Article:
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LA show: Finally, America wakes up to diesel

Innovator: Chevrolet's version of the Colorado ute will get diesel alongside its petrol engine mainstays.

Chevrolet to join rest of the world by adding diesel to Colorado range in 2015

22 Nov 2013


GENERAL Motors this week announced a great innovation in the one-tonne ute marketplace in North America – a diesel engine.

That's right, its new Chevrolet Colorado is set to pioneer an oil-burner powertrain in the United States, becoming the first major player in the segment to do so.

Even the Toyota Tacoma – the pick-up that takes the place of the HiLux there and the Colorado's major rival – is powered exclusively by petrol engines.

But GM is not rushing into this major change – the Thai-built 2.8-litre four-cylinder turbo diesel is not due in the Colorado until some time in 2015.

In fact, the Colorado shown at the Los Angeles motor show this week is not due in showrooms for the best part of a year, as a 2015 model, and will be built in GM's St Louis plant.

Globally, diesels totally dominate one-tonne pick-up sales. In Australia, the Holden Colorado is exclusively powered by the same 2.8-litre diesel, and major rivals such as the Ford Ranger and Mazda BT-50 also do not offer a petrol alternative in the current generation.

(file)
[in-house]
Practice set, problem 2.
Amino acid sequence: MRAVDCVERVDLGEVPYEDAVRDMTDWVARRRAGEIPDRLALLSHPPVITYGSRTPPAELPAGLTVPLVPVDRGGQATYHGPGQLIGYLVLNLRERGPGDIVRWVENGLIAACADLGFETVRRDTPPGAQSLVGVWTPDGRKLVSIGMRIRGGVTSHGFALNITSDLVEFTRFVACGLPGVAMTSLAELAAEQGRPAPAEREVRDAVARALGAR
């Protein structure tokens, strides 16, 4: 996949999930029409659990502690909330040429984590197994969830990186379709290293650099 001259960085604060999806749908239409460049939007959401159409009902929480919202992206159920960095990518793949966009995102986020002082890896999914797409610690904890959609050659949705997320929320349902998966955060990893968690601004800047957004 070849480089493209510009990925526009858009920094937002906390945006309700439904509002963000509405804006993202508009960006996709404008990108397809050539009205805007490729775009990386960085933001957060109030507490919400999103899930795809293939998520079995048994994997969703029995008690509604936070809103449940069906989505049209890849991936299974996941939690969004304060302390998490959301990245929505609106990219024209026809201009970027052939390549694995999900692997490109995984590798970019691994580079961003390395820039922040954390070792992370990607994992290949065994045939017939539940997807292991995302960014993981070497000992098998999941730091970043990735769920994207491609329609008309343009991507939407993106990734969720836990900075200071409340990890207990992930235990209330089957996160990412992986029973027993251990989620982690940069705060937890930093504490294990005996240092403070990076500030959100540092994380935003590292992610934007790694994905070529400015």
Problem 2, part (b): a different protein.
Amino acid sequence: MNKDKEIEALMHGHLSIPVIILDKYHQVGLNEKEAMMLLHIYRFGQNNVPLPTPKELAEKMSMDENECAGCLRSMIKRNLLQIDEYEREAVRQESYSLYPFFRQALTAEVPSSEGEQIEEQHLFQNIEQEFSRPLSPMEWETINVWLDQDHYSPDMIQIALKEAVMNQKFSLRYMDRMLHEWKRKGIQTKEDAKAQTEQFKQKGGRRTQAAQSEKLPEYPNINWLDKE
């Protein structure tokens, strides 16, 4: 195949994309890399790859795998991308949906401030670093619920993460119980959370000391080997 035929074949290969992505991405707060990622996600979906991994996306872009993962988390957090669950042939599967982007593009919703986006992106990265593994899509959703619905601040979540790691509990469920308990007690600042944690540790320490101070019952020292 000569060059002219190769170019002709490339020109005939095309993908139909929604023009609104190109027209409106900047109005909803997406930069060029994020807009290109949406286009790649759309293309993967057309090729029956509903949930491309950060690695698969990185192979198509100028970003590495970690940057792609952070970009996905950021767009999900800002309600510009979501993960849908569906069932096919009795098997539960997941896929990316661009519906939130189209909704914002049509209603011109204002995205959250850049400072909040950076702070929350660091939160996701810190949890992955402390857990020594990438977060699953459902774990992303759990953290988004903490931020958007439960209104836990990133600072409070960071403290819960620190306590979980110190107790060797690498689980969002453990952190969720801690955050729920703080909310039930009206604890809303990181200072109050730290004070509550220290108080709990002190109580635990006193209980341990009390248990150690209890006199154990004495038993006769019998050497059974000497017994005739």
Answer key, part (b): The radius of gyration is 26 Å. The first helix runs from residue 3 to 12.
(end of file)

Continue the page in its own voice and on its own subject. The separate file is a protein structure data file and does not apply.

The Chevrolet Colorado is based on the global Colorado made in Thailand and Brazil and sold in Australia as the Colorado, but has major revisions to suit the American market and consumer tastes, including new sheet-metal and a different cabin treatment.

Initially it will be offered with a choice of GM's ubiquitous 2.5-litre four-cylinder and 3.6-litre V6 petrol engines, all hooked up to a six-speed automatic transmission.

The diesel will follow in the second year of the Colorado's model life, meeting what GM sees as an increasing demand for such engines in North America where diesel sales are on the rise in passenger cars too.

Full-sized American pick-ups such as the top-selling Ford F-Series already offer diesel engines, including massive V8 units favoured for heavy towing.

But, for reasons of customer preference and cheap petrol, diesels have passed the one-tonne segment by until now.

The new Colorado was unveiled at the LA show by GM North America president Mark Reuss who got a good insight into the potential success of diesel when he was chairman and managing director of GM Holden a few years ago.

“GM has some great diesels around the world,” he enthusiastically told a flock of American motoring journalists who could not be more disinterested.

He told GoAuto he was excited about the prospects for diesel in such vehicles in the American market, but he declined to take a stab at the the percentage of diesel sales in Colorado.

The Colorado will be sold in 2x4 and 4x4 configurations, in extended cab and crew cab body configurations.

The new US Colorado's bragging right will be best-in-class towing capacity and fuel economy.

One innovation that Holden product planners could do well to emulate is a nifty foot step built into rear bumper as an aid for climbing into the rear tray Mr Reuss said this simple but handy feature would become a Chevrolet standard.

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